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Stars that died 2010

Tuesday, July 22, 2014

Don Cornelius, American television host and producer (Soul Train), died when he committed suicide by gunshot he was , 75

Donald Cortez " Don" Cornelius  was an American television show host and producer who was best known as the creator of the nationally syndicated dance and music franchise Soul Train, which he hosted from 1971 until 1993 died when he committed suicide by gunshot he was , 75. Eventually Cornelius sold the show to MadVision Entertainment in 2008.


(September 27, 1936 – February 1, 2012)

Early life and career

Cornelius was born on Chicago's South Side on September 27, 1936,[1] and raised in the Bronzeville neighborhood. Following his graduation from DuSable High School in 1954, he joined the United States Marine Corps and served 18 months in Korea. He worked at various jobs following his stint in the military, including selling tires, automobiles, and insurance, and as an officer with the Chicago Police Department.[2] He quit his day job to take a three-month broadcasting course in 1966, despite being married with two sons and having only $400 in his bank account.[1] In 1966, he landed a job as an announcer, news reporter and disc jockey on Chicago radio station WVON. He stood roughly 6 ft 4 in (193 cm) tall.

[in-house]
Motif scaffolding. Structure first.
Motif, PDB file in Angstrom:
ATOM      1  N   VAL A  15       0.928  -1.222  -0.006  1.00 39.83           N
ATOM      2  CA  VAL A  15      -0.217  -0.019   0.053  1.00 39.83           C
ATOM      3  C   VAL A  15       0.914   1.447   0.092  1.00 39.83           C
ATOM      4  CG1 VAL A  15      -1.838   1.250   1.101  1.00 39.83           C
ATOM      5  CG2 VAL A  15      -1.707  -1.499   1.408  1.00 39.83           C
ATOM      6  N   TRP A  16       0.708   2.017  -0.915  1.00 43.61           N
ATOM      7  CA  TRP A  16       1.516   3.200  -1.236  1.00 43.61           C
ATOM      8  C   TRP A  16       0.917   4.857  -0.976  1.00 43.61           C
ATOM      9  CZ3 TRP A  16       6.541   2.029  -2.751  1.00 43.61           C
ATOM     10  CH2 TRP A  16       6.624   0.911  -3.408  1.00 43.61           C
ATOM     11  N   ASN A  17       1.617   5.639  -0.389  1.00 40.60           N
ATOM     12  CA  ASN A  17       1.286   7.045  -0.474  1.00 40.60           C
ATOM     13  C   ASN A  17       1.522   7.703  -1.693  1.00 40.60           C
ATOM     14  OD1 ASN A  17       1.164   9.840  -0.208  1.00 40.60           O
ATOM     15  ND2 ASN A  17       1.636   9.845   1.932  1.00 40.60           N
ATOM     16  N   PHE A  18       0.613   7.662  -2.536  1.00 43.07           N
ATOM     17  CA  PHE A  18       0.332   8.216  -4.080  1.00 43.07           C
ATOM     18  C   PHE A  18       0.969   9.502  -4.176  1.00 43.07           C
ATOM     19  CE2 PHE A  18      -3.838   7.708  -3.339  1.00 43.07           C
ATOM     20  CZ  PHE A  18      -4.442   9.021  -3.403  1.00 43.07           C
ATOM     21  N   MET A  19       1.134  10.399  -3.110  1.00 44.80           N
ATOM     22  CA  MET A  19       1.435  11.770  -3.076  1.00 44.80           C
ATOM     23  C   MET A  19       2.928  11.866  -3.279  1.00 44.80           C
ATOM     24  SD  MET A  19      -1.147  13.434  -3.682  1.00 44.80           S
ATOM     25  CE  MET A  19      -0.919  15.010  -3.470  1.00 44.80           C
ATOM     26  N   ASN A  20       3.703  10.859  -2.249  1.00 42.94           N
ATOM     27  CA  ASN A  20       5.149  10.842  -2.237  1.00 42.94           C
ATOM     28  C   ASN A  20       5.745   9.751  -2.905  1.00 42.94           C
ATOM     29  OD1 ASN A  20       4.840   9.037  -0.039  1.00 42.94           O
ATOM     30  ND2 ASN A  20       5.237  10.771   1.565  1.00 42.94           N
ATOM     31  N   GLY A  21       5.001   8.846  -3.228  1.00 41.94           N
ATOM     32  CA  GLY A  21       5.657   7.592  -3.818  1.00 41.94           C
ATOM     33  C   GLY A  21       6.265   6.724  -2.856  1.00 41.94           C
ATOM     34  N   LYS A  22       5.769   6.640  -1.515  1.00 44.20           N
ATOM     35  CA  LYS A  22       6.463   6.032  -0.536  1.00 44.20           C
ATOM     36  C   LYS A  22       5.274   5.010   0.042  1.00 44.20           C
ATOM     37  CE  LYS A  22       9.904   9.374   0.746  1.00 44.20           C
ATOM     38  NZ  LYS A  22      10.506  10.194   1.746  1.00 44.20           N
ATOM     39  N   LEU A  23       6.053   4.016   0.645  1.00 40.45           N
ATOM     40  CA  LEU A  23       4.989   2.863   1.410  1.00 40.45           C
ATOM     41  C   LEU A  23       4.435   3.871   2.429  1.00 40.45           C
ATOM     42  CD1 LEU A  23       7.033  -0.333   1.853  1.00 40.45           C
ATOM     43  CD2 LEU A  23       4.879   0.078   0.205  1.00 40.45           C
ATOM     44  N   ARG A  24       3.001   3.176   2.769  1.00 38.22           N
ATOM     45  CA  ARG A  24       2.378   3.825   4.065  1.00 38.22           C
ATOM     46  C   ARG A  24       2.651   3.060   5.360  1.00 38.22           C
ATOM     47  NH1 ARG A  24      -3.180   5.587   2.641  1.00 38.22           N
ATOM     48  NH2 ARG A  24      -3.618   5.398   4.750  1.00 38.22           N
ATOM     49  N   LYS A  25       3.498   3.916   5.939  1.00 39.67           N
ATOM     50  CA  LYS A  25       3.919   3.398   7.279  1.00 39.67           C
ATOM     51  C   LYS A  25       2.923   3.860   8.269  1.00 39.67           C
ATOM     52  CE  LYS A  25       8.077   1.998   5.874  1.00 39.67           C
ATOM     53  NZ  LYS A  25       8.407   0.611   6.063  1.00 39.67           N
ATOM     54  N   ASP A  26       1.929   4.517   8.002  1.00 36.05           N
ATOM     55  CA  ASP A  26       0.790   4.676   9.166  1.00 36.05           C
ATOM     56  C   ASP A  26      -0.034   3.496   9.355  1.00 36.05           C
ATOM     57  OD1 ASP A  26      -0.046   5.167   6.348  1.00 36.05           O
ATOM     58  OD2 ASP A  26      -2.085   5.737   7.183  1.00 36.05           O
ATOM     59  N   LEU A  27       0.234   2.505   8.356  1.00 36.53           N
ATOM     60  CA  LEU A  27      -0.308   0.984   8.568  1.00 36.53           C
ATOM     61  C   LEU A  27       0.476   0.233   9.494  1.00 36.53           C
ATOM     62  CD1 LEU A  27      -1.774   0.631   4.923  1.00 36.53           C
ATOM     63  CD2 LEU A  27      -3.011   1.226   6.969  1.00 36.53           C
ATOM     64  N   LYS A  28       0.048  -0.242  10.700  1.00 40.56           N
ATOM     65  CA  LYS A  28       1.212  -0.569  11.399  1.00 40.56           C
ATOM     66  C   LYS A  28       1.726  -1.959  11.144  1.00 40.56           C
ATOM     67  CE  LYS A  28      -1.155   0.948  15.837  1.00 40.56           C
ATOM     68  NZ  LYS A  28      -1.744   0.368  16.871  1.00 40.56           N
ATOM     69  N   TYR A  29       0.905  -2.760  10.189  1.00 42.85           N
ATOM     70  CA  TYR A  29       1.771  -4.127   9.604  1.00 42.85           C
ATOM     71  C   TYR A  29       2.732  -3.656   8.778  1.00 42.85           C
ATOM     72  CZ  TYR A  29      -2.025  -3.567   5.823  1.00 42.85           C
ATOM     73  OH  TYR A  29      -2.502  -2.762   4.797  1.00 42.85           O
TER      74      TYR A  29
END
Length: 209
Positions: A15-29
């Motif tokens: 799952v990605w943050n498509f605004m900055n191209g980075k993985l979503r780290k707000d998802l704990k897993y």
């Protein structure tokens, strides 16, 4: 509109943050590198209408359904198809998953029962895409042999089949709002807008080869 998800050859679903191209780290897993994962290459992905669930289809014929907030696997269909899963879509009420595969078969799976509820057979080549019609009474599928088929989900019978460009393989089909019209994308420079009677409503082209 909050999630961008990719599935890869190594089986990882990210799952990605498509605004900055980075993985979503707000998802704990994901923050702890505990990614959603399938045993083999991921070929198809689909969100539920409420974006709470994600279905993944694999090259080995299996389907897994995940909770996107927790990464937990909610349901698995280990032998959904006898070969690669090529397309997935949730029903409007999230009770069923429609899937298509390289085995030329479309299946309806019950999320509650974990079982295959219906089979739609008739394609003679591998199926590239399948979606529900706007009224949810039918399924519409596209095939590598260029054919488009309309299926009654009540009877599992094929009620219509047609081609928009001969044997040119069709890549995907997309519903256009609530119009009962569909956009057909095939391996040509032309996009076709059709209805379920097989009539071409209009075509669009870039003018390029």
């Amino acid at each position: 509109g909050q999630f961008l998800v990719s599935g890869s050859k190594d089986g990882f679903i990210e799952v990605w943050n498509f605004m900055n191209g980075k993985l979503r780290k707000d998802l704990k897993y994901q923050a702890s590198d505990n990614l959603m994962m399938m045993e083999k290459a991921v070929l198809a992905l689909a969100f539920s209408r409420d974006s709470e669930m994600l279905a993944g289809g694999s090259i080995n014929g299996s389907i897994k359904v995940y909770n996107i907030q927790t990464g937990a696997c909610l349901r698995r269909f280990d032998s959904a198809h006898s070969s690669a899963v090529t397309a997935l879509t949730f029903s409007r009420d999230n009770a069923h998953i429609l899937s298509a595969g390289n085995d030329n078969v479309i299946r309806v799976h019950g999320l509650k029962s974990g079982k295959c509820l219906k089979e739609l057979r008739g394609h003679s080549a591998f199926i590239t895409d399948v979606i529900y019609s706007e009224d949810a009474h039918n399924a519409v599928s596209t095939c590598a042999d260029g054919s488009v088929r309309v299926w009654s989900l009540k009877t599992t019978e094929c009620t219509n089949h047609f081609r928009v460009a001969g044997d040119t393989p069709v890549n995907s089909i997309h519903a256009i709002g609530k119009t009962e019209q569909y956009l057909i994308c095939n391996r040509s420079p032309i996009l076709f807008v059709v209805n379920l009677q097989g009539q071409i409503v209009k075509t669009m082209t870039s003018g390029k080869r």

Cornelius joined Chicago television station WCIU-TV in 1967 and hosted a news program called A Black's View of the News. In 1970, he launched Soul Train on WCIU-TV as a daily local show. The program entered national syndication and moved to Los Angeles the following year.[3][4][5] Eddie Kendricks, Gladys Knight & the Pips, Bobby Hutton and The Honey Comb were featured on the national debut episode.
Originally a journalist and inspired by the civil rights movement, Cornelius recognized that in the late 1960s there was no television venue in the United States for soul music. He introduced many African-American musicians to a larger audience as a result of their appearances on Soul Train, a program that was both influential among African-Americans and popular with a wider audience.[6][7] As writer, producer, and host of Soul Train, Cornelius was instrumental in offering wider exposure to black musicians such as James Brown, Aretha Franklin, and Michael Jackson, as well as creating opportunities for talented dancers, setting a precedent for popular television dance programs.[8] Cornelius said, "We had a show that kids gravitated to," and Spike Lee described the program as an "urban music time capsule".[8]
With the creation of Soul Train Don was able to keep the movement going well past Martin Luther King's death. He kept the momentum going well on through the 70’s and 80’s. He gave African Americans their own show, the first of its kind. In this show he was able to show African Americans in a new light, creating a Black is Beautiful Campaign.[9] Before he did this, African Americans were seldom seen on television. Soul Train showcased their culture and brought African American musicians and dancers to television.[10] This show even appealed to white audiences and it got huge attention.[11] It was one of the most groundbreaking television shows ever.[12]